Financial Management Strategies for 2017

January 9, 2017


Projected profit margins for crop production in 2017 are likely to be at or below “breakeven levels” for many producers. Crop input costs for seed, fertilizer, chemicals, fuel, etc. have declined slightly from 2016 levels, as have land rental rates in some areas; however, based on current projected prices and trend-line average yields, crop revenues will also likely decline in 2017. The profit margins in the livestock sector deteriorated significantly in 2016, and are likely to remain quite tight in 2017. Credit availability for agriculture should remain good for farm businesses that are on a solid financial base; however, credit could get much tighter for farm businesses that are in a “higher-risk” financial position.


Following are some financial strategies for farm businesses to consider during these highly volatile and potential stressful financial times in the farming business:

  • Keep the “Current Position” (cash available) segment of the farm business strong.
    • Pay attention to the level of “Working Capital” and the “Current Ratio” on your Farm Financial Statement. If there is a big decline, it could signal some financial concerns for the farm business.
    • It is usually a better option to use excess cash revenues from the farm operation to pay down short-term farm operating debt, rather than to make extra payment on term loans.
    • If there are any excess crop revenues from 2016 grain sales beyond repayment of the 2016 Farm Operating Loan, it is probably best to prepay some 2017 or 2018 crop expenses.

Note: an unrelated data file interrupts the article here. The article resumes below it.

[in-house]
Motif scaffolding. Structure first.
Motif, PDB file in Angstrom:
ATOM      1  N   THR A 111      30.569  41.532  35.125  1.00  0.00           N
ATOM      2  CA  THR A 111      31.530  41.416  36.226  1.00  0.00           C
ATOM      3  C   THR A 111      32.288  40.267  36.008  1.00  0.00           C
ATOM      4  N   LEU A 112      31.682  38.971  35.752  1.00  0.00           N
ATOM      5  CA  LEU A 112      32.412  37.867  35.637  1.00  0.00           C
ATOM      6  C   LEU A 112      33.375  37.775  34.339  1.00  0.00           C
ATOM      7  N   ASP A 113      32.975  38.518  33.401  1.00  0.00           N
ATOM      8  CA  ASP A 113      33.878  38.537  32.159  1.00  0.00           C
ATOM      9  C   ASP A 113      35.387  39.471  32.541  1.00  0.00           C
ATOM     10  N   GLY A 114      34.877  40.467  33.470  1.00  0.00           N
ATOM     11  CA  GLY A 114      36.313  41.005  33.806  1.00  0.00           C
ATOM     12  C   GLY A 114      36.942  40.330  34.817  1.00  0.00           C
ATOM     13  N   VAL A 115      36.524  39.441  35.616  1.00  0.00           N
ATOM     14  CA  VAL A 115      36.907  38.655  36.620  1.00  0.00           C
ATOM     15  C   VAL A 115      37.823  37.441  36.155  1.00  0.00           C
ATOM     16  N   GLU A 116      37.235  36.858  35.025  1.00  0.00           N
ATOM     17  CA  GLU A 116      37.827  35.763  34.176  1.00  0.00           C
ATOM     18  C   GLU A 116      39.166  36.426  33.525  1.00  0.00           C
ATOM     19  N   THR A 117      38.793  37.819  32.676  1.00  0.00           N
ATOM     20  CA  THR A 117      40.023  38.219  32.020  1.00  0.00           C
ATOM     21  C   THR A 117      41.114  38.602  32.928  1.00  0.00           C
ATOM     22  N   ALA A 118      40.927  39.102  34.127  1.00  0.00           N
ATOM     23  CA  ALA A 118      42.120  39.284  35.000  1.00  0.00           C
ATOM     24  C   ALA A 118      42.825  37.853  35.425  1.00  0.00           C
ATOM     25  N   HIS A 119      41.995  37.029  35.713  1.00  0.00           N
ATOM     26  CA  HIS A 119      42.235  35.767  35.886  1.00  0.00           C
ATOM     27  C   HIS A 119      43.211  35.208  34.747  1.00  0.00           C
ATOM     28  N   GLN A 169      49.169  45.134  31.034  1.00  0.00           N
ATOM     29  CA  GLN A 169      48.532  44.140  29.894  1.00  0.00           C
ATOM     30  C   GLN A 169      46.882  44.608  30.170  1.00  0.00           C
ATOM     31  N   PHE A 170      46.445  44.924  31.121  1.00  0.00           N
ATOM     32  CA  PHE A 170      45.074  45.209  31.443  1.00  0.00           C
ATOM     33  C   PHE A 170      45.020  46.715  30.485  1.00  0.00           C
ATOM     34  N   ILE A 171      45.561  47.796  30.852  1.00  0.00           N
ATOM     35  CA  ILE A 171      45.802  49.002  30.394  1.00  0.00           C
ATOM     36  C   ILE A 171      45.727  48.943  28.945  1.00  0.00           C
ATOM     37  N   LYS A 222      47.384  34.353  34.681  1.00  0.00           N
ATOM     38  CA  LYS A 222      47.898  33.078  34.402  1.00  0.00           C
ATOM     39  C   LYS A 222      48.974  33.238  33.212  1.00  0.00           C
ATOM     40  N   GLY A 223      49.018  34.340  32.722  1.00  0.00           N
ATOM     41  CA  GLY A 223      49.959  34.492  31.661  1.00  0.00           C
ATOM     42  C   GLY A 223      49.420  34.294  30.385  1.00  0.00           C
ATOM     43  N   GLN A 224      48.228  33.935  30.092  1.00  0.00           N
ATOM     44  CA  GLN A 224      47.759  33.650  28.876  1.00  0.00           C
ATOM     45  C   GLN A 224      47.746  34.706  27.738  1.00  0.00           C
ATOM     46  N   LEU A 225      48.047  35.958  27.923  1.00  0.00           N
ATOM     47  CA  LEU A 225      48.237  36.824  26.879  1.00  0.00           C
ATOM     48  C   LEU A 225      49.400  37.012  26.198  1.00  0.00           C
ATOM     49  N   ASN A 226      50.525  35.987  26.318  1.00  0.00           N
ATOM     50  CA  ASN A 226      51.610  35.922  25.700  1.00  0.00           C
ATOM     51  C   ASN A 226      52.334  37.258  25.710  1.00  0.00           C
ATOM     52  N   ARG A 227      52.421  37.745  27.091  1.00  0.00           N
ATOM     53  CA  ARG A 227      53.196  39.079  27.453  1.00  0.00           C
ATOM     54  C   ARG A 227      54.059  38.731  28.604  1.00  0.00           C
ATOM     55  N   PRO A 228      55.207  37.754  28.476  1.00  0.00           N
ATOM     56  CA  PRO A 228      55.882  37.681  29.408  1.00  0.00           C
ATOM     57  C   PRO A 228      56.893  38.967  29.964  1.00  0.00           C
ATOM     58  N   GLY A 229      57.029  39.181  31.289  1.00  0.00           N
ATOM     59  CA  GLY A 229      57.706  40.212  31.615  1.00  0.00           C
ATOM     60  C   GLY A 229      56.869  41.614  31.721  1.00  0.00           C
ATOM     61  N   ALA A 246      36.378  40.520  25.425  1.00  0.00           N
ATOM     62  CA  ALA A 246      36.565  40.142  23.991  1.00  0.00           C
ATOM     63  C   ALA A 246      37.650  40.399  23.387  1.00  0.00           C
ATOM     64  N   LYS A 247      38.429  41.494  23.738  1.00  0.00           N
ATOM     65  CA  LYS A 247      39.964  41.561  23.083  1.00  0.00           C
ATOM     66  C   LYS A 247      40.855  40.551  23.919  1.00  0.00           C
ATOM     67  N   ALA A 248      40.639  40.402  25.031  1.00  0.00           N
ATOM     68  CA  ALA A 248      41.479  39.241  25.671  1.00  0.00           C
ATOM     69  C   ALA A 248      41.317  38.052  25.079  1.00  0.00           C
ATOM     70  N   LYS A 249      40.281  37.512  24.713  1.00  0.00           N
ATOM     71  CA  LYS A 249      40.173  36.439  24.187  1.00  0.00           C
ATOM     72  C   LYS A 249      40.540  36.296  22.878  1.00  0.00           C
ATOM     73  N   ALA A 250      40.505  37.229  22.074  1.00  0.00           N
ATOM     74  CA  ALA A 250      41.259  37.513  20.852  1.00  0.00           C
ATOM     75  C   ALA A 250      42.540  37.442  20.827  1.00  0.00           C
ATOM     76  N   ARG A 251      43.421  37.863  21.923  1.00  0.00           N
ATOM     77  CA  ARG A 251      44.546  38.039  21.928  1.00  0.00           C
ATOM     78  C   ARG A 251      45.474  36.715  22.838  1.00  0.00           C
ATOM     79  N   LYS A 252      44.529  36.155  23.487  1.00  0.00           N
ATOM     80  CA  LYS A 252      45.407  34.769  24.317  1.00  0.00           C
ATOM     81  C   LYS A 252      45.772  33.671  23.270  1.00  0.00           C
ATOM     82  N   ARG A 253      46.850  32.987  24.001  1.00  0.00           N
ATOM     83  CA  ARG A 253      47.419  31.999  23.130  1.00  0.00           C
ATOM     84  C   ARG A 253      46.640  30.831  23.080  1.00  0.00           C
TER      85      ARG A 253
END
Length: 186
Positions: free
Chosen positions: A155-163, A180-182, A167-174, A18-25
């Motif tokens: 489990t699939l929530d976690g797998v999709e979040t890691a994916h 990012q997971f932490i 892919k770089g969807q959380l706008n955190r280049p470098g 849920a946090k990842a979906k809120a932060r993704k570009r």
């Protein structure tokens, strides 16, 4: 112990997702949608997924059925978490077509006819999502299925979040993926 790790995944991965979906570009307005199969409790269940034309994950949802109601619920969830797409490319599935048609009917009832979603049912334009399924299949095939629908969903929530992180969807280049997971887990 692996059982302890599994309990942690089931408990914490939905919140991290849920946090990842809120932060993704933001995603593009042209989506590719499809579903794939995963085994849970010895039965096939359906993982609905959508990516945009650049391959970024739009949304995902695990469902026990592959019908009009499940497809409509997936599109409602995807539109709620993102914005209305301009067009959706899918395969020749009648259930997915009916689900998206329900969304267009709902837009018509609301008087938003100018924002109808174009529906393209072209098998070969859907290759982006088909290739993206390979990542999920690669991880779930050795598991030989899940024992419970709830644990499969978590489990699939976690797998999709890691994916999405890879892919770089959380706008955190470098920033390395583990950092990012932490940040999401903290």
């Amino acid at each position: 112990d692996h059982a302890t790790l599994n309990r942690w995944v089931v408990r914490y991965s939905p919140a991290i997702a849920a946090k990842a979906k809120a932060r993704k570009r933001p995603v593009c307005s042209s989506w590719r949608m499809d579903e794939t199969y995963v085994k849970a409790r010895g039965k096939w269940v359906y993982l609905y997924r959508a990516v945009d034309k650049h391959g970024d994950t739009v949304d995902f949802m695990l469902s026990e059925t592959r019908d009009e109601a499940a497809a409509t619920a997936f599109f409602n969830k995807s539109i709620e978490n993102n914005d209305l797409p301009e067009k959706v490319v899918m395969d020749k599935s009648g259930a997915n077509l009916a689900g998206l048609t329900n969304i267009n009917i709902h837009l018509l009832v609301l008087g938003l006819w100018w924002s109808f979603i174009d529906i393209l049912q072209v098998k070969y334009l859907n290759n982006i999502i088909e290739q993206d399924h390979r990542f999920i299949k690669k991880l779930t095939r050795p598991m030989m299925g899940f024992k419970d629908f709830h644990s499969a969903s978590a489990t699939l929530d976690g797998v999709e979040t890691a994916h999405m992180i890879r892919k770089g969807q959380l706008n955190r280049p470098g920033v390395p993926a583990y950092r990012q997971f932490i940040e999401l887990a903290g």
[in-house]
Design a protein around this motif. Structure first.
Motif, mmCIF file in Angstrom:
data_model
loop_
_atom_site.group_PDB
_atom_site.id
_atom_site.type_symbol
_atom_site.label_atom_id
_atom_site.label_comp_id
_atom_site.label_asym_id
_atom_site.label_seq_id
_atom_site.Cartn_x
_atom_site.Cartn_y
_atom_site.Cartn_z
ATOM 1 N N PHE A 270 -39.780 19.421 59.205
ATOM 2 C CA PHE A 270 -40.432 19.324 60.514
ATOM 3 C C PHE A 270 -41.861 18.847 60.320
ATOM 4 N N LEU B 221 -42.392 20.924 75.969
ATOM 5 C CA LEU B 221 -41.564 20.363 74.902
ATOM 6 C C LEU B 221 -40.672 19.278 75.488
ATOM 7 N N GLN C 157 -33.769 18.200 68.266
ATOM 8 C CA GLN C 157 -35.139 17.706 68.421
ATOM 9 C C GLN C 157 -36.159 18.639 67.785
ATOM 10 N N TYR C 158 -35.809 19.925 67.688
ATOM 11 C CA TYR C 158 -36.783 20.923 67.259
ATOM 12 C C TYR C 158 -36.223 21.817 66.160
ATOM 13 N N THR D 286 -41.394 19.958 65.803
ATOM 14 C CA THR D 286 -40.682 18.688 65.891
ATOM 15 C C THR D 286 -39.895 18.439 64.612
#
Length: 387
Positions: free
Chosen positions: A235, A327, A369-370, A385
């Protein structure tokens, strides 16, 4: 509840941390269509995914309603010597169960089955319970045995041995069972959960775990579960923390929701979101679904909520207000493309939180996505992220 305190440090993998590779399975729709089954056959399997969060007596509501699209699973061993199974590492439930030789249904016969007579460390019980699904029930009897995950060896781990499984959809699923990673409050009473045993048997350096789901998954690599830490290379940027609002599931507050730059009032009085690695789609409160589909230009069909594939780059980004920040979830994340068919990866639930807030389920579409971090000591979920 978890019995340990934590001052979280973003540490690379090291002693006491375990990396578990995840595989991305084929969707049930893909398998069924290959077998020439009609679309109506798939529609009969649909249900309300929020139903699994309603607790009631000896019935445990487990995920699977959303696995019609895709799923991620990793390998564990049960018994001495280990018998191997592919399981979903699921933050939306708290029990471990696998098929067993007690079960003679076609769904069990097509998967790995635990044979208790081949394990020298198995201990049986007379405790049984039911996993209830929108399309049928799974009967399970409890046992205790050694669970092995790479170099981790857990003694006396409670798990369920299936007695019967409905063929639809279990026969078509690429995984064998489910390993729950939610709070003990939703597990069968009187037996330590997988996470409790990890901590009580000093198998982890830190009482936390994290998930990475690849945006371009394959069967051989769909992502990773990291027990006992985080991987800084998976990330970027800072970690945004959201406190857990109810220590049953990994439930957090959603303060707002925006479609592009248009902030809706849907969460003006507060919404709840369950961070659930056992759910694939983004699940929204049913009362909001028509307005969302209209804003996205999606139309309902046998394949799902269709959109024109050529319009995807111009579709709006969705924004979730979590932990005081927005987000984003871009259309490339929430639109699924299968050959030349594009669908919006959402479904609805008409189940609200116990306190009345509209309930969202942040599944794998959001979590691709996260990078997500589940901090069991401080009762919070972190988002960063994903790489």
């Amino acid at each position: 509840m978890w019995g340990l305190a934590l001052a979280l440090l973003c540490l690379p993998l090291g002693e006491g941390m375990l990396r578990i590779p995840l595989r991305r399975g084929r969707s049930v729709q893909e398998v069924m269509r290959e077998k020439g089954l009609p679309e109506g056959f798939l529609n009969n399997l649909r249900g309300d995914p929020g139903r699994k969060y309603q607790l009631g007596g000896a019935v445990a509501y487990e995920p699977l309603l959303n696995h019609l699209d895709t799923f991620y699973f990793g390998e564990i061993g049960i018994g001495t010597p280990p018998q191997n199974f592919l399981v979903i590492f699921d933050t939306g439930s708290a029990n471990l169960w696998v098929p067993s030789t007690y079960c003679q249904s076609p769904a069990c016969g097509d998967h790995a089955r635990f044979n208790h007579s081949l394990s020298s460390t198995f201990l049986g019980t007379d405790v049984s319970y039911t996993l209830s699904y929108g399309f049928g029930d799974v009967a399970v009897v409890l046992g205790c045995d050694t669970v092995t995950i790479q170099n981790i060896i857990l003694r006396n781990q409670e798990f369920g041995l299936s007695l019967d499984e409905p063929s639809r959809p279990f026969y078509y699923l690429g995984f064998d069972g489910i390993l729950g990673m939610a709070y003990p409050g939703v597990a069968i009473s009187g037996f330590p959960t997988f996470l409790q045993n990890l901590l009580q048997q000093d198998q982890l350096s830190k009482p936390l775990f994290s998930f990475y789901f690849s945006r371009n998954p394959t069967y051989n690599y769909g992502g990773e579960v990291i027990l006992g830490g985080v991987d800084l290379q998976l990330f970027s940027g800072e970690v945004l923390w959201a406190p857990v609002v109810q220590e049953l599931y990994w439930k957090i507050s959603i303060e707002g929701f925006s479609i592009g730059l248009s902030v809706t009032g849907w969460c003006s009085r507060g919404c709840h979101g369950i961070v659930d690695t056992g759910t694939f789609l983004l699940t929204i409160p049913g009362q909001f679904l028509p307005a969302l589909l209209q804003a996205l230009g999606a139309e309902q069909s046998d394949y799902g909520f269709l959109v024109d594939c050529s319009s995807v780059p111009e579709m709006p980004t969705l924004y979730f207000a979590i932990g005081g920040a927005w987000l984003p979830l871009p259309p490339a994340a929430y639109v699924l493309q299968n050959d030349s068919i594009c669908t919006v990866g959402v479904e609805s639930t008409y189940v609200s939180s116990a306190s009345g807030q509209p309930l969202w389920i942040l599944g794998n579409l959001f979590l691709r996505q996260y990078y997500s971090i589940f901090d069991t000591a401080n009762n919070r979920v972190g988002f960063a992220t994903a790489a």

• Remember to account for CCC grain loans, financing with crop input suppliers, short-term loans from family members, etc. when analyzing the Working Capital for the farm operation.
  • Look at ways to reduce production costs and other expenses.
    • Try to be a “low-cost” producer …… thoroughly analyze seed, fertilizer, chemical, etc. crop expense decisions for 2017 crop production, and look for ways to make reductions.
    • Be cautious when making reductions in crop production costs not to significantly impact yield potential …… optimizing crop yields is still important to the “bottom-line”.
    • Carefully analyze more expensive cash rental rates on rented land, and if the rates are not profitable, try to negotiate lower rental rates, or possibly give up some high rent land.
    • Negotiate “flexible lease” contracts with agreeable landlords that sets a manageable base rental rate, with the opportunity for a higher final rental rate, if final crop prices and/or yields increase.
    • Review all other direct and overhead expenses in the farm operation, and look for any ways to make reductions.
  • Review other ways to manage financial risk.
    • “Fine-tune” the farm’s grain marketing plan, based on the “cost of production”, which is updated regularly, and have set price targets and deadline dates as part of the marketing plan.
    • Don’t get caught up in the “market hype or chatter” …… pay attention to how changes in the corn and soybean market prices affect your own farm business.
    • Look for “profit margin” opportunities in crop and livestock production, and take advantage to “lock-in” both cash expenses and market prices when those margins exist.